Interested in starting your own entrepreneurial journey in personal development but unsure what to expect? Then read up on our interview with Curt Jordan and Elke Robshaw, Founder of Thriving Kids Parenting, located in Seattle, WA, USA.

What's your business, and who are your customers?

Our business is Thriving Kids Parenting, and our Customers are parents looking for a way to have a happy family life.

Tell us about yourself

My purpose is to be a light for all children so that they may grow up to be prepared for the world. I was born with the virtue of connecting with children and have spent over 20 years working with kids to develop their social and emotional skills through play and movement. In that time, I have developed and learned best practices for helping kids meet their milestones, and I wanted to give that knowledge to parents because I only get to see kids 1 or 2 times a week, but if I can help parents help their kids then that helps more people, and that's my mission.

I was extremely impressed by Curt's ability to connect with children, set boundaries, and follow through. Every word he said had meaning, and all his students absolutely loved Curt's classes. I got involved as a volunteer in Kong Academy right after Curt started it and soon realized that Kong Academy's mission aligns with my values, and I got on board as a co-founder.

What's your biggest accomplishment as a business owner?

Being in business and being in a growing business. Most businesses fail within the first five years, and we are still growing strong. Being able to earn a living by helping kids and parents gives me even more meaning and pride in my life.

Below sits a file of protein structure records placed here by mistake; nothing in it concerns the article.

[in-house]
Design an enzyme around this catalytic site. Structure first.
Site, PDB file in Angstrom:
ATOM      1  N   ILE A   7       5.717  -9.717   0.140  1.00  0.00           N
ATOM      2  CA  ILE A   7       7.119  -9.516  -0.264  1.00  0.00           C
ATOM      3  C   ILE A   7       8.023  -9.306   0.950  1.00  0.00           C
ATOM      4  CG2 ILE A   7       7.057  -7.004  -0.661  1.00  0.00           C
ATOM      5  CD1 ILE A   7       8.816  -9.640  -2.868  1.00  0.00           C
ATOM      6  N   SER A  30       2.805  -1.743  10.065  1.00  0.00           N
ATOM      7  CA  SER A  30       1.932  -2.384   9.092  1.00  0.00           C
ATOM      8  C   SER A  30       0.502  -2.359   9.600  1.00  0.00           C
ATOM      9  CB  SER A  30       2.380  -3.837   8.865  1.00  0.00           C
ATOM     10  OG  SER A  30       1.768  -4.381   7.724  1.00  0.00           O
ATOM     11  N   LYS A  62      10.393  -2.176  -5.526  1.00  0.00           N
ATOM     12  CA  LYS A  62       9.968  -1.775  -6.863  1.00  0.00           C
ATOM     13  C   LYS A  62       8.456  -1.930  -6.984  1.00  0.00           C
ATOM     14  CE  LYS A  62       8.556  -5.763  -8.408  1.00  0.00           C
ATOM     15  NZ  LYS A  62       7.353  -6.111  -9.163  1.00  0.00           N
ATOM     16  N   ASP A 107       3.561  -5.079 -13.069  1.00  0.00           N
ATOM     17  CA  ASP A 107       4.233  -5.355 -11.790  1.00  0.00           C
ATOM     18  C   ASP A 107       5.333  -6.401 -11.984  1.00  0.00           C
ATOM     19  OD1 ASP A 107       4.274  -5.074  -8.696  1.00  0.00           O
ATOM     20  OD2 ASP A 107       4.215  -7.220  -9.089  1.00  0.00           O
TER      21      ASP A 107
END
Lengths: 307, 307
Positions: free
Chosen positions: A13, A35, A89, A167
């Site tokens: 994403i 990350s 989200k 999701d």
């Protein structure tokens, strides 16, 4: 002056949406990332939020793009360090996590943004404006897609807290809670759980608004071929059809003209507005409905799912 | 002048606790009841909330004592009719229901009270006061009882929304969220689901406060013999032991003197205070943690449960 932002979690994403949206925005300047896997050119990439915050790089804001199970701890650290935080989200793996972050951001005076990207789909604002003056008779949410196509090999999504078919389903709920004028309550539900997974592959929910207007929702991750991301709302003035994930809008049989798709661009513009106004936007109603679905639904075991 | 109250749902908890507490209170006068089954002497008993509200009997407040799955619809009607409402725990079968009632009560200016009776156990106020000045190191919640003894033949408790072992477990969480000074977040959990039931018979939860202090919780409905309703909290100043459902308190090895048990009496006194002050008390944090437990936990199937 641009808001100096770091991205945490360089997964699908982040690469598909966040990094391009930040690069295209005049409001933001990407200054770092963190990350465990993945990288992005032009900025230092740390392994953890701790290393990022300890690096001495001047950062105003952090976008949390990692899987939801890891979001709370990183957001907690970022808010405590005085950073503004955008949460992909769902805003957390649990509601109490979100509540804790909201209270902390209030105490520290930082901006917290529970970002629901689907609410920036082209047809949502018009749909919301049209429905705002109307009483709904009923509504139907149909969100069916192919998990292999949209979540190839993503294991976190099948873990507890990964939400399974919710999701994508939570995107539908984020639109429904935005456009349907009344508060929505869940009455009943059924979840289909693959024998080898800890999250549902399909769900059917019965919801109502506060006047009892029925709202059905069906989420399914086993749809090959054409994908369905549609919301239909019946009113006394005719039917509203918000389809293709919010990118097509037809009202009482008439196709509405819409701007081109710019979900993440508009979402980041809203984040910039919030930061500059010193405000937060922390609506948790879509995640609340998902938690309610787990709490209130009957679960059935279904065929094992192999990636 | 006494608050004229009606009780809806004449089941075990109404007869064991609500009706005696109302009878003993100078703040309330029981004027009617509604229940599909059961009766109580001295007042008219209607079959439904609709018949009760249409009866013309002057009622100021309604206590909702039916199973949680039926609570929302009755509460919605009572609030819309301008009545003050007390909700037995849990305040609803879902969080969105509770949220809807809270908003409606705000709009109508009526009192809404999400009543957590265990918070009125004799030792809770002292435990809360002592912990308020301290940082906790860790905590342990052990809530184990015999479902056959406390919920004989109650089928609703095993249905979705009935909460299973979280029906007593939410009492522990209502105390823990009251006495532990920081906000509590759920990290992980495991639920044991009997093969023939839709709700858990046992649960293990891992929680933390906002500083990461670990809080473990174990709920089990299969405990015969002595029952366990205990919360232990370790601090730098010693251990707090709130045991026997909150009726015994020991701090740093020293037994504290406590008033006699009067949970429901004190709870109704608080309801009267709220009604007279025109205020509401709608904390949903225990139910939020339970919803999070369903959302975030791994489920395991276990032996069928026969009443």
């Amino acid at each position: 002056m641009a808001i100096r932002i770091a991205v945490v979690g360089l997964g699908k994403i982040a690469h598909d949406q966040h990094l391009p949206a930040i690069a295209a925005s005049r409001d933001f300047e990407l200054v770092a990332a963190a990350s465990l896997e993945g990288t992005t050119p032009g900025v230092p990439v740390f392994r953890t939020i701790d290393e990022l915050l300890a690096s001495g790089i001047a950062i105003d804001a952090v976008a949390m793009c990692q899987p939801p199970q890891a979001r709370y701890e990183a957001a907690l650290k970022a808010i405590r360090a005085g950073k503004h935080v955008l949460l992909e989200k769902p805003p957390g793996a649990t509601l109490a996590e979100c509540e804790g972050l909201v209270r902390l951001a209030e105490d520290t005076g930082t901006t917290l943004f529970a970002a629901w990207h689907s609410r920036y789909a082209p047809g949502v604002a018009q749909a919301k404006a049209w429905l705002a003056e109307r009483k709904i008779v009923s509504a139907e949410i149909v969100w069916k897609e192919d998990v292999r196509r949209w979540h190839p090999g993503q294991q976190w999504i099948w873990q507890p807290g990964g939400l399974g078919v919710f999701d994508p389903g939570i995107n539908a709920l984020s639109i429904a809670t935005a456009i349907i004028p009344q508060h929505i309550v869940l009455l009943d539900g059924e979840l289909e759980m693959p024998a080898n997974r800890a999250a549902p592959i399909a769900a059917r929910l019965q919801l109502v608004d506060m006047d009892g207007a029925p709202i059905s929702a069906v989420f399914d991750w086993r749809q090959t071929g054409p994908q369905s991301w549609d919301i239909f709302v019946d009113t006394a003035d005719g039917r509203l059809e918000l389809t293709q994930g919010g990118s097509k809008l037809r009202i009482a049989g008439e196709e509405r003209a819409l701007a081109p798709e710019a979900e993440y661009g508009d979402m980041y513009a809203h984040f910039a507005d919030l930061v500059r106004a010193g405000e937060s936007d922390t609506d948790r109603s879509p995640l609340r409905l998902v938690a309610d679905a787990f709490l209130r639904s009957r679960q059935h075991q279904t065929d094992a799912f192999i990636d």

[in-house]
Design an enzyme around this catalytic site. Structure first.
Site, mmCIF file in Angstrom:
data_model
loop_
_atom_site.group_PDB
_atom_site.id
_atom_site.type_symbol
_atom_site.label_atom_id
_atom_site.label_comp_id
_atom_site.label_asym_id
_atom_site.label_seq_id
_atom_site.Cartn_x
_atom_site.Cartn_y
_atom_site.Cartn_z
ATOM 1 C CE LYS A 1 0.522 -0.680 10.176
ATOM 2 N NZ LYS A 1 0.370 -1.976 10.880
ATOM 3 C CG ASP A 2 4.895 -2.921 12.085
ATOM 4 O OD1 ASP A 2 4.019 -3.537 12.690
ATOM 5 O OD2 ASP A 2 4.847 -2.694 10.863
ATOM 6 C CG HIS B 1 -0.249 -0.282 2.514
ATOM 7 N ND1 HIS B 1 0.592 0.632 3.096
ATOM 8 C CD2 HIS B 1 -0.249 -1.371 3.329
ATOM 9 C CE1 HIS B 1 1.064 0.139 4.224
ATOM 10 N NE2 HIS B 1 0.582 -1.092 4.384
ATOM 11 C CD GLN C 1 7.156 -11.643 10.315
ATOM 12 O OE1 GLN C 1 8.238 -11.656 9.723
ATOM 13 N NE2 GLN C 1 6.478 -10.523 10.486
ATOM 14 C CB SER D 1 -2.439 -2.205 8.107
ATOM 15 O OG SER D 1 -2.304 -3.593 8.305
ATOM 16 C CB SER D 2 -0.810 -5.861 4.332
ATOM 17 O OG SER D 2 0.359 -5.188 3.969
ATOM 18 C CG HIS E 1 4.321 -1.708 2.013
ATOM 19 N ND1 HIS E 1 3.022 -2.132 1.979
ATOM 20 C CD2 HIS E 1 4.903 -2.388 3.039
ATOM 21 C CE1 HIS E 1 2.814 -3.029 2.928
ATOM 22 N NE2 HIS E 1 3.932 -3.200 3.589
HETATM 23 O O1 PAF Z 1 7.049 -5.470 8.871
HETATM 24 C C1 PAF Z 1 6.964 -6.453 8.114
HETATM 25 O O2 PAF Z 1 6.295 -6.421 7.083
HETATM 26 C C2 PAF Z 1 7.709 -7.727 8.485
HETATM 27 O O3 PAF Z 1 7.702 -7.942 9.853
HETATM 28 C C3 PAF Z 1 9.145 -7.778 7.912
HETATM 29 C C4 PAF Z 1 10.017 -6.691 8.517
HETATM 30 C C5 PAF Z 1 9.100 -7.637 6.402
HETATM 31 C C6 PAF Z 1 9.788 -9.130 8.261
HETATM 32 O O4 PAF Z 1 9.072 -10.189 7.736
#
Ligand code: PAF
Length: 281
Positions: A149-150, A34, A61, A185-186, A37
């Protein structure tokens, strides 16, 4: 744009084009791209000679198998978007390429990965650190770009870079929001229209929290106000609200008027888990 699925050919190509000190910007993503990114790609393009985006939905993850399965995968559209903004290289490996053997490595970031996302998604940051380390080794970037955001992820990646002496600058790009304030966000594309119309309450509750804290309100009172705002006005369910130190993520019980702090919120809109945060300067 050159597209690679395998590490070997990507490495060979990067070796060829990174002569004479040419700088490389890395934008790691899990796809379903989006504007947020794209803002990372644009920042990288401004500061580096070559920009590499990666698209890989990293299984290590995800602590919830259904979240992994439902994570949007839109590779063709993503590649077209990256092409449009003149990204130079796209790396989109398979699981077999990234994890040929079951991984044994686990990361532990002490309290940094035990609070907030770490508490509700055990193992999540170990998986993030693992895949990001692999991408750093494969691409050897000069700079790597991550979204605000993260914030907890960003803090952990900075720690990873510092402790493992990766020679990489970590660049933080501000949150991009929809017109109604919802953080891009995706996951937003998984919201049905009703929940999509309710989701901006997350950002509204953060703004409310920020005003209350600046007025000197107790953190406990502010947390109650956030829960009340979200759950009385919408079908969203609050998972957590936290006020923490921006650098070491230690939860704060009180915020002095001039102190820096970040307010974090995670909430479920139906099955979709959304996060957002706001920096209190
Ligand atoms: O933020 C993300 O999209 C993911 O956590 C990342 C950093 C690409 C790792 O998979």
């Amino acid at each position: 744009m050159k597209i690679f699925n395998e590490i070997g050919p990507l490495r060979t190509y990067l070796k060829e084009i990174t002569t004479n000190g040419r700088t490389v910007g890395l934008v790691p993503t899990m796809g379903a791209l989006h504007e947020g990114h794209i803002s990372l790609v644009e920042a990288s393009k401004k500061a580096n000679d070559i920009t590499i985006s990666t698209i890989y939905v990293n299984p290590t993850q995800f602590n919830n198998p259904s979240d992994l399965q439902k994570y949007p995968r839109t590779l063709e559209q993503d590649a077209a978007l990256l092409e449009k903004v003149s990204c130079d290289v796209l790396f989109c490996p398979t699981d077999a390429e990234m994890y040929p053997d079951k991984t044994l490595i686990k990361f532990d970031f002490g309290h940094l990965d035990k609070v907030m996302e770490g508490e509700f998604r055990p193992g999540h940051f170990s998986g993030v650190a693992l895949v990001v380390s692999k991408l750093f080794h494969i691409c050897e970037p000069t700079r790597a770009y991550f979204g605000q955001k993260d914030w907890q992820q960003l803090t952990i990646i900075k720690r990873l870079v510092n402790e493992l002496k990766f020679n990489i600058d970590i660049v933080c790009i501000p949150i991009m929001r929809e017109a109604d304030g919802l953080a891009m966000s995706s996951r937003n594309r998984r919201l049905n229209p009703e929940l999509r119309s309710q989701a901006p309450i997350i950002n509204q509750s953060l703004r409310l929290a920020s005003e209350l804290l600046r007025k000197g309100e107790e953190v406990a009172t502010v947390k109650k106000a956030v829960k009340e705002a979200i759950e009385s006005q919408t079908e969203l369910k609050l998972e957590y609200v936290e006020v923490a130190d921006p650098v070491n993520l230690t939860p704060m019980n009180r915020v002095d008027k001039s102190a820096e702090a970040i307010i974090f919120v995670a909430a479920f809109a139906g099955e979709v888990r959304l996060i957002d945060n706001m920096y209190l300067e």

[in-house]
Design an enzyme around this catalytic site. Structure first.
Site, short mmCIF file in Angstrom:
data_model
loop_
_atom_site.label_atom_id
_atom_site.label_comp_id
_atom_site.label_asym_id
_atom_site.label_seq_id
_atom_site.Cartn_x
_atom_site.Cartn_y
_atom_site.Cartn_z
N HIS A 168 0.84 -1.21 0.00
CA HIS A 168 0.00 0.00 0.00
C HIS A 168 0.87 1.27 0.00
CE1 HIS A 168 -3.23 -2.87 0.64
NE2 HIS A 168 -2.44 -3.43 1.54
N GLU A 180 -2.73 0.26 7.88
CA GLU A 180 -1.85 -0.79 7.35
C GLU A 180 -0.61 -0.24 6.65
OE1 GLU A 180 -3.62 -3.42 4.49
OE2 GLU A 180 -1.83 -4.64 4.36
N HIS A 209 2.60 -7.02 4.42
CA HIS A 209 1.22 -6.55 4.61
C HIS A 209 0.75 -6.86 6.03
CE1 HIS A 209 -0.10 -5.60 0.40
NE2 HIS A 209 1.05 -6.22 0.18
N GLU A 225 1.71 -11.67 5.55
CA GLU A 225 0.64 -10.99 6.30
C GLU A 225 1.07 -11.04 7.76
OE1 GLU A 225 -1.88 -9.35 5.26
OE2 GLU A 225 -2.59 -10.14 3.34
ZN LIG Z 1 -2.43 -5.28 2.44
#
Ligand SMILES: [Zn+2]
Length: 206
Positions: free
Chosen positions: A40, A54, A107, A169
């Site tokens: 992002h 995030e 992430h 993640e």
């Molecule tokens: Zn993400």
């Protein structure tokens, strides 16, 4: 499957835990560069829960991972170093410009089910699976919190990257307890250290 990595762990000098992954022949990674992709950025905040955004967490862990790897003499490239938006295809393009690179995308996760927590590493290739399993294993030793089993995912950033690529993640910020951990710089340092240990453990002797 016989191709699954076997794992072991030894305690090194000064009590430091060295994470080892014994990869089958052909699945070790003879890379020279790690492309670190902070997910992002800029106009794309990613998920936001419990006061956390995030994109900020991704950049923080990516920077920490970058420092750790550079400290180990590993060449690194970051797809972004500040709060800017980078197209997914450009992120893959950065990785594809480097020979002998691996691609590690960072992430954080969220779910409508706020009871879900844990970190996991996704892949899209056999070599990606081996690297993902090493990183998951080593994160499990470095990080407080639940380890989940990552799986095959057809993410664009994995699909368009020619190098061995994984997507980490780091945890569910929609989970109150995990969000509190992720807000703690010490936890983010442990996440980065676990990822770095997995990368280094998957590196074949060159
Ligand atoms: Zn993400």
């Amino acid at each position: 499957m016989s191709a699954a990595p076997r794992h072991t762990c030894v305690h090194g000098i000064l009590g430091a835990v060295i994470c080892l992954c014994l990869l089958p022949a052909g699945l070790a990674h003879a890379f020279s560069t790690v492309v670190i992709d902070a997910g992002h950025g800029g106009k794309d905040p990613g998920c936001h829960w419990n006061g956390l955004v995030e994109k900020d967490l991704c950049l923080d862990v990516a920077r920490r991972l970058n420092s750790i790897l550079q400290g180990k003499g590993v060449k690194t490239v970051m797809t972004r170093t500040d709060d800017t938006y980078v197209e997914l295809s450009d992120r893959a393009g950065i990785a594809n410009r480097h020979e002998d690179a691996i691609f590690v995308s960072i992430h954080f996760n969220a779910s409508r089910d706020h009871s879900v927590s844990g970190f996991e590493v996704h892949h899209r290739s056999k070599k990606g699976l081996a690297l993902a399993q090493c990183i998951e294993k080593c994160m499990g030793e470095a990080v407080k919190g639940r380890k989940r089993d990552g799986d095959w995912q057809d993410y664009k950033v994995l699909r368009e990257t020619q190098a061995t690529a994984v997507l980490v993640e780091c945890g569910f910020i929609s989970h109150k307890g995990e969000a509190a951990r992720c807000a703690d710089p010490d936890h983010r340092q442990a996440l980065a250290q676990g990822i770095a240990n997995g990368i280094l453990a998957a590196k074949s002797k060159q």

All our friends and even business advisors urged us to close our business when Covid hit the world. They thought it would only be for a month or two. However, we realized that our parents needed us now more than ever. We not only stayed open and kept serving our community, but we also grew our business by 10% in 2020 and then again by more than 50% in 2021.

What's one of the hardest things that come with being a business owner?

Responsibility. When I started a business, I was sadly incompetent but optimistic and had a purpose. The business required me to become better if it was going to survive, and as it grows, it continuously holds me to become better. It's a blessing, but it's painful. For example, I used to have an overwhelming fear of rejection which kept me from filming myself and making videos, as well as not making the right decisions I knew I had to make, and that held me back.

One of the hardest things for me is making decisions, not knowing what the outcome is going to be. For every move, there are always several different options, and you just don't know what the impact of a decision is going to be. You don't know ahead of time if it was the best or the worst decision. You just have to go for it, look at the results and adjust if necessary. Sometimes those adjustments might mean you have to scrap the whole idea and find a new route.

What are the top tips you'd give to anyone looking to start, run and grow a business today?

  1. Find and follow your passion.
  2. Believe you can, and that's worth it.
  3. Be Persistent; Things WILL get hard.
  4. Bonus: Celebrate your victories.

Where can people find you and your business?


If you like what you've read here and have your own story as a solo or small business entrepreneur that you'd like to share, then please answer these interview questions. We'd love to feature your journey on these pages.

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